Catching up with Ketchum
Public relations (PR) consultancy Ketchum is set to add a slew of courses to its mainland staff training programme, Ketchum University, which is often credited as one of the key factors behind the company’s ability to attract and retain some of the best talent in the job market. PR veteran Joshua Campbell was recently assigned to run the scheme. He swaps e-mails with Rick Gangwani.
What is Ketchum University?
Its mission is to deliver the skills and education needed by our colleagues so they can convey Ketchum’s brand promise to clients, and to continually develop them personally and professionally. In Greater China, we are committed to reaching our more than 160 colleagues in five offices. Ketchum University has been providing training for more than 10 years in Greater China, but we continually look for ways to enhance this offering. The aim is to continue to develop a strong Ketchum Greater China culture and engage our colleagues so they are committed to building their careers with Ketchum. We also want to strengthen our long-term ties with top universities and industry groups in Greater China to explore cooperation opportunities for training programmes.
What methods of training do you use?
We utilise both online and offline training methods, including self-training opportunities from our award-winning intranet, myKGN. We will augment this with more interactive, one-on-one classroom-style training and knowledge-sharing opportunities. Ketchum executives from our New York headquarters are actively involved and fully committed to helping deliver the training needed, including our global chief learning officer, Ketchum partner Robert Burnside.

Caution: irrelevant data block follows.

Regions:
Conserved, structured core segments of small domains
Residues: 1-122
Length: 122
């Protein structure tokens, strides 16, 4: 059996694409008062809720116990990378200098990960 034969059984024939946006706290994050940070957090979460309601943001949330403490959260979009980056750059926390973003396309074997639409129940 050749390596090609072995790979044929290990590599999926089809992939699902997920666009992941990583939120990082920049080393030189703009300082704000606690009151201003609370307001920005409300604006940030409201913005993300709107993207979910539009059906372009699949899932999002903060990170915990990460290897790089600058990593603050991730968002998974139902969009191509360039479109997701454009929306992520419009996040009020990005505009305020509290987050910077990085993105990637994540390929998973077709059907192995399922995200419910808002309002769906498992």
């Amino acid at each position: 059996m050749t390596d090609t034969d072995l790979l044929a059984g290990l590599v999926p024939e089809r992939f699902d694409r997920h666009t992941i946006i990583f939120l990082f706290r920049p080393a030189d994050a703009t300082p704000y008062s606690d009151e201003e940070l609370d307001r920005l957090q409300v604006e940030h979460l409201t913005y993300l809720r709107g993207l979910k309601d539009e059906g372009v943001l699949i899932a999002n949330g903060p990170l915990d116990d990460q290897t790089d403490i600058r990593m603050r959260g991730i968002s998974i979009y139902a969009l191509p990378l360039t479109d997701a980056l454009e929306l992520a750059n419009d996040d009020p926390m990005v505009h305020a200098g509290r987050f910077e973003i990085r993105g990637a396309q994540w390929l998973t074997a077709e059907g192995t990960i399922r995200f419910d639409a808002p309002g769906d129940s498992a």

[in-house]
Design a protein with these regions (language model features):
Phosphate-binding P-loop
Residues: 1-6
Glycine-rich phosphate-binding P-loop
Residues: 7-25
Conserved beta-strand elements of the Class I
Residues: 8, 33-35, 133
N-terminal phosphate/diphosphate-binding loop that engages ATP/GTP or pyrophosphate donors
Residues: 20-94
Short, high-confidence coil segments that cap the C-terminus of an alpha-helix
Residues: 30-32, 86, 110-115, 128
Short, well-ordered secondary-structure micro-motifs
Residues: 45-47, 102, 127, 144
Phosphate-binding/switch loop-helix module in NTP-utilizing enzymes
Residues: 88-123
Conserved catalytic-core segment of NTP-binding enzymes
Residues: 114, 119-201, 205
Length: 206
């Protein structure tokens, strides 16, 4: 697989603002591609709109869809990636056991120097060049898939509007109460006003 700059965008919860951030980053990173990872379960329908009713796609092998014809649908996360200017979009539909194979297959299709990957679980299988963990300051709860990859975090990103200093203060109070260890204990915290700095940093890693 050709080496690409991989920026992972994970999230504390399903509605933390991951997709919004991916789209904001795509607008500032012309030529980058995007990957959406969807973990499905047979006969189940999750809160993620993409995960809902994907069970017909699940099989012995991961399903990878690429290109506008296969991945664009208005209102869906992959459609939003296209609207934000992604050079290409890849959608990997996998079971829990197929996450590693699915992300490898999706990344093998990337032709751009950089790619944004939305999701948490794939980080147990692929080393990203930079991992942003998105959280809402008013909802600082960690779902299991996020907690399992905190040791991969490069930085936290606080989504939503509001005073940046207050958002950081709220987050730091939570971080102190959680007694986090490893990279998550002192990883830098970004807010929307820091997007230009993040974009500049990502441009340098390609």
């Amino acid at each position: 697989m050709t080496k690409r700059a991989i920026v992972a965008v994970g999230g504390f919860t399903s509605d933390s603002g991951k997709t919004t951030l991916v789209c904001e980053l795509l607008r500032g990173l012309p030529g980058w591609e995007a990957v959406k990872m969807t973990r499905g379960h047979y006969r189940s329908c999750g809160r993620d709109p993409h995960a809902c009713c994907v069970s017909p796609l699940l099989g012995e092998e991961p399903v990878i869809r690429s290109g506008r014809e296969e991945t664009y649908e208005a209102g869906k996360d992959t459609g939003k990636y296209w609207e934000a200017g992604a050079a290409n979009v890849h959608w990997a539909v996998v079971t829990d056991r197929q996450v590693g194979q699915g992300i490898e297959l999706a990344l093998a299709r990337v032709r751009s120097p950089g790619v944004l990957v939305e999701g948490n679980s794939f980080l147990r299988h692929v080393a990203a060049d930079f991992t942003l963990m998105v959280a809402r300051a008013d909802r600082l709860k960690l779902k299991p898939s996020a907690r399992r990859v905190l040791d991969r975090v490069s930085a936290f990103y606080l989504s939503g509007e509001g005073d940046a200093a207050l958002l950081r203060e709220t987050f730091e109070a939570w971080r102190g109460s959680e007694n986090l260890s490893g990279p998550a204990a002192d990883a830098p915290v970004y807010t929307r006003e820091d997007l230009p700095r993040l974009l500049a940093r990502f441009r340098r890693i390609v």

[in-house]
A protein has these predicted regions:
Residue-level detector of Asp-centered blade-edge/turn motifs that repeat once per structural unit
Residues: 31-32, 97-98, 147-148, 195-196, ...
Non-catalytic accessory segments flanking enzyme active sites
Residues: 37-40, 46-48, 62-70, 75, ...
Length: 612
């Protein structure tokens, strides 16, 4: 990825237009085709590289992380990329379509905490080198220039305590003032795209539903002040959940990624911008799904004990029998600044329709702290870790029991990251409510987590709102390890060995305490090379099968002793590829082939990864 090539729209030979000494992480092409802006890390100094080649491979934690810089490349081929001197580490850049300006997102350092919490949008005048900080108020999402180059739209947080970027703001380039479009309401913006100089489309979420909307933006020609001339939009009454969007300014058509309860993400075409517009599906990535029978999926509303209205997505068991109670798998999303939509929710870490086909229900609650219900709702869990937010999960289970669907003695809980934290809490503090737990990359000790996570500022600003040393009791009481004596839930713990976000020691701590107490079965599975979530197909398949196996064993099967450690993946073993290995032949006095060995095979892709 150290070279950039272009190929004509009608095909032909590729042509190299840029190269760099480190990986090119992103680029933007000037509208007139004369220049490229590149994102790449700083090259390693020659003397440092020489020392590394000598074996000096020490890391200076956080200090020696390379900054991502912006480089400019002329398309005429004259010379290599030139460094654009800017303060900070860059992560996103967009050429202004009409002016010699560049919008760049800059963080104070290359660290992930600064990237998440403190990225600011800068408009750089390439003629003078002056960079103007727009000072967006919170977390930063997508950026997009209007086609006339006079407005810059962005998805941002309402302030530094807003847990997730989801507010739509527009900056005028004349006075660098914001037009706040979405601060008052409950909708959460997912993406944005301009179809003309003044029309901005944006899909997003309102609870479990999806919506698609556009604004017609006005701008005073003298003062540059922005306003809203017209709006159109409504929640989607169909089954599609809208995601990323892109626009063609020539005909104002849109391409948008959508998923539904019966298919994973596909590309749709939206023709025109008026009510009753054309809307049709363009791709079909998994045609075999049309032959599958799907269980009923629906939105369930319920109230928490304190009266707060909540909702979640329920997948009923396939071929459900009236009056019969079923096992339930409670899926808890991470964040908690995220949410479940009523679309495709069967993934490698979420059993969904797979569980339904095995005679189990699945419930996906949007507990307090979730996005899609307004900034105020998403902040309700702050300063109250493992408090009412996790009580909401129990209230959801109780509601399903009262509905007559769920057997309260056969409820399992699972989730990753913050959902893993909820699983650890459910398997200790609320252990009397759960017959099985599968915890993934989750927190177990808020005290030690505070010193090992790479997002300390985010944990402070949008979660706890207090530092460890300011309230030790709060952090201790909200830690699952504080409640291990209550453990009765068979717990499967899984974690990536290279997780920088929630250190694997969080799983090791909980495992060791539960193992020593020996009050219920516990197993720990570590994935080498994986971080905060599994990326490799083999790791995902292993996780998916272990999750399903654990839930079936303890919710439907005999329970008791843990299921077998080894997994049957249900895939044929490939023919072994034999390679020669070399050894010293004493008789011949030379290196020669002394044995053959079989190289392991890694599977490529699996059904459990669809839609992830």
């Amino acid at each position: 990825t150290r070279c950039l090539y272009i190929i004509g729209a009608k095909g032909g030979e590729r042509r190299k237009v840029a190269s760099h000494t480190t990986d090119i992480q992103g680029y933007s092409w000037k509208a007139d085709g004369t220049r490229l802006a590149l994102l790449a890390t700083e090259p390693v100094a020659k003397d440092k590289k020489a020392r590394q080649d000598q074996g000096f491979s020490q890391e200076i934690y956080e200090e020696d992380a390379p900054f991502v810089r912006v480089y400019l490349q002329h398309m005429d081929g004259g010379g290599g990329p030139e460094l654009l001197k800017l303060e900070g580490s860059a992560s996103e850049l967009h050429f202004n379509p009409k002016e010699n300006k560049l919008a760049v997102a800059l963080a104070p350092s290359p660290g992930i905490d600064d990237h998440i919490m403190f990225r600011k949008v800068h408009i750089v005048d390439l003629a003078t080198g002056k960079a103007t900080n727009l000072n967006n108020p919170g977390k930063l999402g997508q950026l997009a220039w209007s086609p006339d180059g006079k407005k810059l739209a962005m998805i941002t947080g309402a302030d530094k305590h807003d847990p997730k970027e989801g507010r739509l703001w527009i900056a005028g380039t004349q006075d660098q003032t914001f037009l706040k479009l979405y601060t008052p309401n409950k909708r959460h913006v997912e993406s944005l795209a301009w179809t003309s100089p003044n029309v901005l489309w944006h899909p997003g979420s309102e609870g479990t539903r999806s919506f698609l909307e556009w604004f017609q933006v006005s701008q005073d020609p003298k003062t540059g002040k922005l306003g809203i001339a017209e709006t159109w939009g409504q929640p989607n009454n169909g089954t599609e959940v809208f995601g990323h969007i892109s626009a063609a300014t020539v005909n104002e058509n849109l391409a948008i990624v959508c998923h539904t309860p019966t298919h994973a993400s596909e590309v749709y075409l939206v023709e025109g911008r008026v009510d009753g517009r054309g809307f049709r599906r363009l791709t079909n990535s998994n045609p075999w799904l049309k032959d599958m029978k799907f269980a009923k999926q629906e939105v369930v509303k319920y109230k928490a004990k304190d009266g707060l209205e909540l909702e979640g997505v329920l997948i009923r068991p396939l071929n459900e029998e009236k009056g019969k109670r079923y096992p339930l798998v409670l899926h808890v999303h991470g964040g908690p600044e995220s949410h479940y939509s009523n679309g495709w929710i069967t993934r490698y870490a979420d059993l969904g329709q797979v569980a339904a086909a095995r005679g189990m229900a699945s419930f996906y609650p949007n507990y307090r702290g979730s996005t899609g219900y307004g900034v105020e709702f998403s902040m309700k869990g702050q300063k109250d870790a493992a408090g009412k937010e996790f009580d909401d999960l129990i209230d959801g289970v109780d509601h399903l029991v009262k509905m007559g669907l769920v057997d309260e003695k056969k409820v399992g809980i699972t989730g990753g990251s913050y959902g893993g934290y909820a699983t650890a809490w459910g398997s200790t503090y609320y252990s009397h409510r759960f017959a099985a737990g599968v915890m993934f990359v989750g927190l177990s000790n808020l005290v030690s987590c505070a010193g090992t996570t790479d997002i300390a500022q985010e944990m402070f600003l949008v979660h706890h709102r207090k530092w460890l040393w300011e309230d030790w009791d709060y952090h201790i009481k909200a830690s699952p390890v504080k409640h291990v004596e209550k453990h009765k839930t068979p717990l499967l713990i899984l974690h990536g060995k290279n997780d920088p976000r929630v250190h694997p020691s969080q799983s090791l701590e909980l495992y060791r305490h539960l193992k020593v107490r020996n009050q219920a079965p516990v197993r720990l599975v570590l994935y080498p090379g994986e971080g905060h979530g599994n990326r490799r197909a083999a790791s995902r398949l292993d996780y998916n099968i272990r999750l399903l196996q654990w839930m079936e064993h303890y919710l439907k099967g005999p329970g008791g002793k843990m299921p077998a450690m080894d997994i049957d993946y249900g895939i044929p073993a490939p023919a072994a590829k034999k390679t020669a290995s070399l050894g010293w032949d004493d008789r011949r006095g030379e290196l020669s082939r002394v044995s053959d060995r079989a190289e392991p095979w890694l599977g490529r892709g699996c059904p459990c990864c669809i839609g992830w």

What does your role as director involve?
Working closely together with Robert Burnside and Ketchum Greater China CEO Kenneth Chu, I have been surveying office directors and their teams to find out what they’d like future training to emphasise. Training focus will also be based on my own personal experience living and working in Greater China for the past decade. The objective is to create localised approaches to global learning programmes to ensure the utmost relevance for our colleagues in Greater China. The Ketchum University Greater China curriculum will be aligned to both global and local business strategy.
What is Camp Ketchum?
In the words of Ray Kotcher, senior partner and CEO of Ketchum: “It was back in the summer of 1986 that Ketchum first brought to life a camp experience for promising up-and-coming employees as a way to build an esprit de corps among this group of Ketchum future leaders – helping them develop as leaders as well as learn about Ketchum methodologies and all we have to offer clients.”
We held the 2011 Camp Ketchum on July 20-24 in Mont Tremblant, Quebec, Canada. In attendance were 76 of our top talent from around the world, including two from Ketchum Greater China, in addition to 22 top Ketchum executives, who served as counsellors. The Camp culminated in a team competition to pitch for a US$2 million client challenge for Philips Lighting.
When do you plan to introduce the Camp Ketchum initiative to your staff in China?
Our goal is to begin unrolling the new initiative in the fourth quarter of this year. We also plan to set up a certificate programme that allows our colleagues to complete certification after consuming a set curriculum. As China grows, it becomes even more important to ensure our Chinese colleagues are receiving the best training possible. They will, in turn, take this knowledge to their China-based clients who are increasingly playing global roles, as well as to Ketchum’s global clients who are expanding within Greater China and expect the same high level of service as elsewhere.
What are some of the new training and development courses you’re planning?